Two researchers of ancient items believe they may have solved the mystery of why people living during the Roman Empire used “crooked” dice in their games. In their article published in the journal Archaeological and Anthropological Sciences, Jelmer Eerkens and Alex de Voogt describe their research on bones.
Back in the days of the Roman Empire, people played a game very similar to backgammon, which involved throwing dice. The dice were usually made of bone, metal or clay, and had symbols that represented numbers, as with modern dice. However, they differed greatly in shape. Roman bones were usually elongated or had other odd shapes that made them asymmetrical.
As part of the study, the researchers checked more than 28 genera and found that 24 of them were asymmetric. They found a pattern in the irregularity – icons depicting one and six were often on larger opposite surfaces. Previous research has shown that dice asymmetry makes you more likely to land on a given side and number.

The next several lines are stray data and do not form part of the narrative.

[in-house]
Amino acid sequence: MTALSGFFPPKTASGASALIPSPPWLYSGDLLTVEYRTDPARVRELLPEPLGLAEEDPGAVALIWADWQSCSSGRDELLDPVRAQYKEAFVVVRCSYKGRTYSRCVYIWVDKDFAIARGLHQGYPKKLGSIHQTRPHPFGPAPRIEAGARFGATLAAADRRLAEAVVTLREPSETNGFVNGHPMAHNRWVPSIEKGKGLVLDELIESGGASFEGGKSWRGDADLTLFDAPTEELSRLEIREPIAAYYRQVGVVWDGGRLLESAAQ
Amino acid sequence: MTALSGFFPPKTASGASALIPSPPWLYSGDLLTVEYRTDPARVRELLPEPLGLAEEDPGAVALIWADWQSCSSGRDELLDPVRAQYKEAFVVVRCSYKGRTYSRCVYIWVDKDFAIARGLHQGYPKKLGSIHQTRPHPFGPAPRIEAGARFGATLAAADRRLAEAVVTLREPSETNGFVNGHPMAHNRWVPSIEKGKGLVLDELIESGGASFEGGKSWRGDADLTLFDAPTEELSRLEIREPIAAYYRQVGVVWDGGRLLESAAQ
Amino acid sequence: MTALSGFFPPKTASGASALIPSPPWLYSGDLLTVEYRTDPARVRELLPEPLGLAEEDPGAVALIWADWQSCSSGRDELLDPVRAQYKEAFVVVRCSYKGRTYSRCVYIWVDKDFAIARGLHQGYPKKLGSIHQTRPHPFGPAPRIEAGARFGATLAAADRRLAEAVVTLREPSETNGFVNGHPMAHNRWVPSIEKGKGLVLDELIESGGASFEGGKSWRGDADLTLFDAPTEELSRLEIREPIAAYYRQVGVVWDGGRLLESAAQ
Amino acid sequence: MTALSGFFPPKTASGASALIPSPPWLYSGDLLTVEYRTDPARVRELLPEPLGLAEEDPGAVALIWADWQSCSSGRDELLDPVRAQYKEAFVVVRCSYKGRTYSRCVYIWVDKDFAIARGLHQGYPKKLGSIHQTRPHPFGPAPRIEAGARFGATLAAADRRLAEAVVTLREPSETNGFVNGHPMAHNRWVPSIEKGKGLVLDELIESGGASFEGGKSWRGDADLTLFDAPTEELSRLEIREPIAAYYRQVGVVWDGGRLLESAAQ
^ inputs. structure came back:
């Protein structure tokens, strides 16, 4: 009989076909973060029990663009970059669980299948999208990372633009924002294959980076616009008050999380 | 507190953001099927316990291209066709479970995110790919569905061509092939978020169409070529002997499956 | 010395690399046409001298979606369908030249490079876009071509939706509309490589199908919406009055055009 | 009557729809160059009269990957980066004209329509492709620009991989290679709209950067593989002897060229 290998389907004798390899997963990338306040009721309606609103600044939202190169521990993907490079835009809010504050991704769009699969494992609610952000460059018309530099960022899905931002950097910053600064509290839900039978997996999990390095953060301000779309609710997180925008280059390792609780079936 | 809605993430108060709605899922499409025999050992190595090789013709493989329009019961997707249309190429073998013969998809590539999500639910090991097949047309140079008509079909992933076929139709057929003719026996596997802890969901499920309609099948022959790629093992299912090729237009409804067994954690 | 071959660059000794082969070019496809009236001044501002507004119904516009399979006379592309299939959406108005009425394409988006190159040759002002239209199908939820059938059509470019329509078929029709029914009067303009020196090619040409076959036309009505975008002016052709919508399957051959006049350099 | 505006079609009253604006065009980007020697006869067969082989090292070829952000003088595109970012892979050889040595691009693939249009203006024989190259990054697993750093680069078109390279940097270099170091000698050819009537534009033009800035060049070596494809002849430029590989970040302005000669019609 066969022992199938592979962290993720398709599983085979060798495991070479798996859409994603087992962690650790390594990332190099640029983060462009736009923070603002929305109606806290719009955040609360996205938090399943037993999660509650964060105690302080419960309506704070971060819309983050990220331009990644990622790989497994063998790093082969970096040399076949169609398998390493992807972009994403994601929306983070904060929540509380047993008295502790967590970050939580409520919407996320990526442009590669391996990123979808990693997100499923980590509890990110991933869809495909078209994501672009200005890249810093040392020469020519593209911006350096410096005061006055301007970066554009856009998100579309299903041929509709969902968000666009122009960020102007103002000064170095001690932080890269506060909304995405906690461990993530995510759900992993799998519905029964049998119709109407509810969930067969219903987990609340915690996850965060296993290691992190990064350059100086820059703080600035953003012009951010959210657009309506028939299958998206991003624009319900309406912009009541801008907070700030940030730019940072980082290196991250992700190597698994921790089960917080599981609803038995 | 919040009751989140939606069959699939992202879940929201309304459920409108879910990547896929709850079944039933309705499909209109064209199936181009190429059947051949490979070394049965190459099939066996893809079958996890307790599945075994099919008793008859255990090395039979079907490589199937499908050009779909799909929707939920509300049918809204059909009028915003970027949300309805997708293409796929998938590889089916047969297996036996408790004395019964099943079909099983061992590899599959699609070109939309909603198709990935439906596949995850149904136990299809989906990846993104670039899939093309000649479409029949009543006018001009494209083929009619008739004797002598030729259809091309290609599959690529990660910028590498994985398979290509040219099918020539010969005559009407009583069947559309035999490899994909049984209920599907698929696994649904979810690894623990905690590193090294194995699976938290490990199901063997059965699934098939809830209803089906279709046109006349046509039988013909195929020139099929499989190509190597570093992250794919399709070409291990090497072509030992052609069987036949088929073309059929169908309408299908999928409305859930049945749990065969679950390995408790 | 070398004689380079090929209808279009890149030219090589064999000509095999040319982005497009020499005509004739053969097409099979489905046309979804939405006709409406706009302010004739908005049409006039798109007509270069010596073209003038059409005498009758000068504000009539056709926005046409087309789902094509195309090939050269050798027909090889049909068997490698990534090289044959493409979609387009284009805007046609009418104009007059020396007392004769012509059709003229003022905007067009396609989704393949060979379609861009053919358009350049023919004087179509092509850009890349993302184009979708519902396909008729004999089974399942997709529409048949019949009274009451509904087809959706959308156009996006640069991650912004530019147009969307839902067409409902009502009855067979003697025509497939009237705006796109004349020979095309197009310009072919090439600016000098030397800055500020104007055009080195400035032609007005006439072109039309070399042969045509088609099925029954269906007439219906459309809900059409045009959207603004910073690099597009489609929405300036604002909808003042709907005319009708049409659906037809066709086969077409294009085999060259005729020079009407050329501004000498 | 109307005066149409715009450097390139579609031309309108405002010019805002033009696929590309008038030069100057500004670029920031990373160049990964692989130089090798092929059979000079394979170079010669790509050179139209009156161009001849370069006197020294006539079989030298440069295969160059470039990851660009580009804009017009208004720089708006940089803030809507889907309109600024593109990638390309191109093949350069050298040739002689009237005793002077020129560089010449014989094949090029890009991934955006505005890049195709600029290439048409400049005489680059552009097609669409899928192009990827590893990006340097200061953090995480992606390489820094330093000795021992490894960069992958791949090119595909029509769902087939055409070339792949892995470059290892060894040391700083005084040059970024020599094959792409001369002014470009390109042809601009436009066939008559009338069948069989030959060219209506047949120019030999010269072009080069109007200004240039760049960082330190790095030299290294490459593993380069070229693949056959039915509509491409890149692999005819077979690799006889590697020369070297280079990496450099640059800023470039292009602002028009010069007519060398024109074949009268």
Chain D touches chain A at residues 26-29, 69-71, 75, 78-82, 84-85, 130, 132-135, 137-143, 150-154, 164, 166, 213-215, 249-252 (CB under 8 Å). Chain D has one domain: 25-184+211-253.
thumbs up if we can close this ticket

What was the purpose of making such bones? With high probability, we can assume that the legionnaires, while “fraternizing” and playing with the local population in the conquered areas of the empire, wanted to earn extra money. They taught the locals the game and then bet on various ornaments made of precious metals, money, wine, etc. Most of the inhabitants had no idea that they were being cheated. This method could not be used too often on the same person, because she could guess; and this probably led to fights and sometimes murder.